Magical

A white Virginian family in the late 1950s struggles to stay together while enduring a failing marriage and racist neighbors in Morony’s debut historical drama. For the Mackey family, 1957 changed everything, at least according to 7-year-old Sallee. Morony writes in a candid voice, refusing to sugarcoat the overt racism and making it clear that a small family in Virginia won’t change the bullheade…

Kirkus Reviews

Terrific read! I’m so attached to the characters.

Morony paints such a vivid picture of the Mackey family, you could almost smell Ginny’s perfume, taste the gin in Ethel’s tin cup or play Barbie with Sallee and Helen. Apron Strings was sweet and compelling, but also disturbing and tragic. I’m dying to read more about Sallee and Ethel. Hurry up and write Mary Morony!

Denise Hood

Great read! This book has so much heart. Sallee’s adventures and witty commentary keep you entertained and the pages turning but it’s the honest portrayal of human sentiment that makes this book so great. I laughed, I cried, I went through the gamut of emotions from cover to cover and thoroughly enjoyed every minute of it. I would highly recommend to any and everyone!

Southern Storytelling at its best!

Realistic Yet Uplifting Story

Mary Morony has done a wonderful job of describing central Virginia life in the 1950s and 1960s. Her characters are vivid and realistic. She describes them as individuals rather than as members of any certain group of people. She sympathetically shows them with their tender hearts as well as their human foibles. She describes honest interaction between blacks and whi…

Arlie Alexander

Having read the first book in the series – Apron Strings – I was thrilled to see this one released. I absolutely love the way Mary Morony writes. She brings her setting and characters to life and creates an ambience with her words that makes me feel a part of the story. Like the first book, this one is beautifully written and full of insight into the period along with observations on the social…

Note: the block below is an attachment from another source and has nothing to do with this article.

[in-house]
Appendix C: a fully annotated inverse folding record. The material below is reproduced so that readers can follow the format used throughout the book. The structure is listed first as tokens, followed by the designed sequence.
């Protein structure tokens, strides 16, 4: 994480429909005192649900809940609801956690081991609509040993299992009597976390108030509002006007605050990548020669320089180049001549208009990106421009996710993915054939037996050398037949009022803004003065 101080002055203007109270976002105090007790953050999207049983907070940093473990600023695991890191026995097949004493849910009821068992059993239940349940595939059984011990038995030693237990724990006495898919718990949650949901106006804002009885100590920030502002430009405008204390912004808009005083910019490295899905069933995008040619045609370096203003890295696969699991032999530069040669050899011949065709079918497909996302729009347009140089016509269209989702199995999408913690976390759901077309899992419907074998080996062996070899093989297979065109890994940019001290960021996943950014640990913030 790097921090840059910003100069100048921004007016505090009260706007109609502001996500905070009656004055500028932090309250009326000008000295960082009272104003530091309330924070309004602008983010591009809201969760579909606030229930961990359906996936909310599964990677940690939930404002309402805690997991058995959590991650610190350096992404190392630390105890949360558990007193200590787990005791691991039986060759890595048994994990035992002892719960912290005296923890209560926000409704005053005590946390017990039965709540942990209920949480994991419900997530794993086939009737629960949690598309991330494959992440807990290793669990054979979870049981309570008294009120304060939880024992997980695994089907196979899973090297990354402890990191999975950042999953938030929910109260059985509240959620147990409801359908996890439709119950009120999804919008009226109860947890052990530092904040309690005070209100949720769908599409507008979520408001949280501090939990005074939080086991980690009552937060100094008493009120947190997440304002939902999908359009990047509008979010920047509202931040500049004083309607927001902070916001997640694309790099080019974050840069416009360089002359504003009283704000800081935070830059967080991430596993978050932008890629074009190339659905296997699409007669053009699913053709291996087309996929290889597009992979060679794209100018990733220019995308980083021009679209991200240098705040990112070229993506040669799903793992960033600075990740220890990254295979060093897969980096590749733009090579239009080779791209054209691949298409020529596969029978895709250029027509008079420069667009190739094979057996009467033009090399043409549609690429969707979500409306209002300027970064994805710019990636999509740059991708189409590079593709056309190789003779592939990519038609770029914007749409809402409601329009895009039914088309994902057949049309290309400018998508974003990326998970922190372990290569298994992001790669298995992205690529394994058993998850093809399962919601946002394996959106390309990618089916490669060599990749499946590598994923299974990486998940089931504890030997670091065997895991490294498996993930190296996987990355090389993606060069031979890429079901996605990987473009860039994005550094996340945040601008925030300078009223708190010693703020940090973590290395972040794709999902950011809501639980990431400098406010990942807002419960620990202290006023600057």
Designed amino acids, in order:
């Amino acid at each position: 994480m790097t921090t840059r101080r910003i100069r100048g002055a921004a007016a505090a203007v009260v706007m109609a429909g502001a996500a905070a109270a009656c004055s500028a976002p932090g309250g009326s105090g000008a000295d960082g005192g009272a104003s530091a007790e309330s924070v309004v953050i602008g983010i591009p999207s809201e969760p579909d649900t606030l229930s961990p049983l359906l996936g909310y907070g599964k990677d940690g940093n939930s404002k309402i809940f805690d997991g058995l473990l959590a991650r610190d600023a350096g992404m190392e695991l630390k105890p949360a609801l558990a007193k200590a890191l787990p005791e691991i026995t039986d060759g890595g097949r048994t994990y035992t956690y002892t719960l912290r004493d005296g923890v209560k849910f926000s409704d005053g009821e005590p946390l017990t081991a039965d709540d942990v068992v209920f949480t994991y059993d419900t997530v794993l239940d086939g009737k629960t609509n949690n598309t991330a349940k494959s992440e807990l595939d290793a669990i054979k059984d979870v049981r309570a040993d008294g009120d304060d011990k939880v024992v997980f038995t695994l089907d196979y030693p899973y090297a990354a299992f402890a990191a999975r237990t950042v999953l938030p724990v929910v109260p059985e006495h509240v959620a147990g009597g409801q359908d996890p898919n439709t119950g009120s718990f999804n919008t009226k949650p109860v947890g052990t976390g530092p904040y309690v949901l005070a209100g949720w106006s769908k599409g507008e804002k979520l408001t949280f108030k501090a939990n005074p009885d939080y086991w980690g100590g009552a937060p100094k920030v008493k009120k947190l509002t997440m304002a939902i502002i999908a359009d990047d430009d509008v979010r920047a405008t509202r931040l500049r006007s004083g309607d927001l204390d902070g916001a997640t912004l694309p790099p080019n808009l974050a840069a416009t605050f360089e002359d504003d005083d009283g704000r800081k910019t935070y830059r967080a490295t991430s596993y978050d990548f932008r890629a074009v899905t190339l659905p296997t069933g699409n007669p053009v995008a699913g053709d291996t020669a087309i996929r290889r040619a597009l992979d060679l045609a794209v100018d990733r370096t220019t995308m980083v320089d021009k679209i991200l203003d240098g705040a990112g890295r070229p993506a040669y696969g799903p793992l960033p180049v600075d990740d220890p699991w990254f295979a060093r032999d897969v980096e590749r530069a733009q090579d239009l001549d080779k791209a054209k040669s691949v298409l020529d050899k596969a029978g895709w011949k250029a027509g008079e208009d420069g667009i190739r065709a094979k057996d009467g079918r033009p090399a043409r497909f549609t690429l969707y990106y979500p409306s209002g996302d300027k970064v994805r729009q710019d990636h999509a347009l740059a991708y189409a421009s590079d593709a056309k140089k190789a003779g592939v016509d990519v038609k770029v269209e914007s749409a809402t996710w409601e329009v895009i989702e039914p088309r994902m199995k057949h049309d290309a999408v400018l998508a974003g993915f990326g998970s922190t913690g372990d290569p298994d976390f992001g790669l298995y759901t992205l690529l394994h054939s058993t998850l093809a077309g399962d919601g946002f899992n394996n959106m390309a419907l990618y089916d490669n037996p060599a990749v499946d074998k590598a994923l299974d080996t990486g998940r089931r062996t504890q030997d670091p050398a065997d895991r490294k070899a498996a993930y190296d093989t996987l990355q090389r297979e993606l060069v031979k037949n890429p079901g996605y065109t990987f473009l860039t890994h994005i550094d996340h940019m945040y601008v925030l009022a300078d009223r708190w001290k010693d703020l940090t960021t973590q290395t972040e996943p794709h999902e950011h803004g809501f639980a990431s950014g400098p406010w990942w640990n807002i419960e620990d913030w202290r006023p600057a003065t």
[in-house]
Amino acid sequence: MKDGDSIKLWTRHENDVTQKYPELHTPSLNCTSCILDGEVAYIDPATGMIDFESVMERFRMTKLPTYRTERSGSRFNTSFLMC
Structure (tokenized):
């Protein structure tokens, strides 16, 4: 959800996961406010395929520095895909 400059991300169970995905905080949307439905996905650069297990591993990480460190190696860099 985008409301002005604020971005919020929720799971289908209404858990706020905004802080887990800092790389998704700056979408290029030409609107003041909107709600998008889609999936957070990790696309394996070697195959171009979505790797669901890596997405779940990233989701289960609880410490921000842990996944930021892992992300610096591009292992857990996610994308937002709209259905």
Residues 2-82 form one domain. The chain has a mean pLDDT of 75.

MLH

… What I like best about the story, however, is the sense of place and time that ever so subtly seems to be catalyst, if not cause, of the decline of Joe, Ginny, and their marriage. And of course, you know that I remember how palpable race was every day in every way in the pre-Lyndon Johnson South of my childhood and adolescence. It really is wonderful how different your portrayal of black-white r…

James W. CunninghamUniversity of North Carolina at Chapel Hill

Thoughtful and deeply moving, Apron Strings is the debut novel from author Mary Morony. A tale told through the eyes of Sallee and the answers she solicits from Ethel, Morony delivers a masterful narrative that is both beguiling and flawlessly executed. With a meticulous ear for dialogue Morony’s diction is simply exquisite, effortlessly capturing the cultural identities of her leading character…

Book Viral Review

I know that you were portraying the very real love between a black housekeeper and her white family. But you were also portraying the everyday tragedy of human beings coping with their personal limitations and the prejudices (not just racial) of the people around them. We are prisoners of ourselves. But there is hope. And Ethel provides us hope in the end by being inspired and taking responsibilit…

Gayle Engbrecht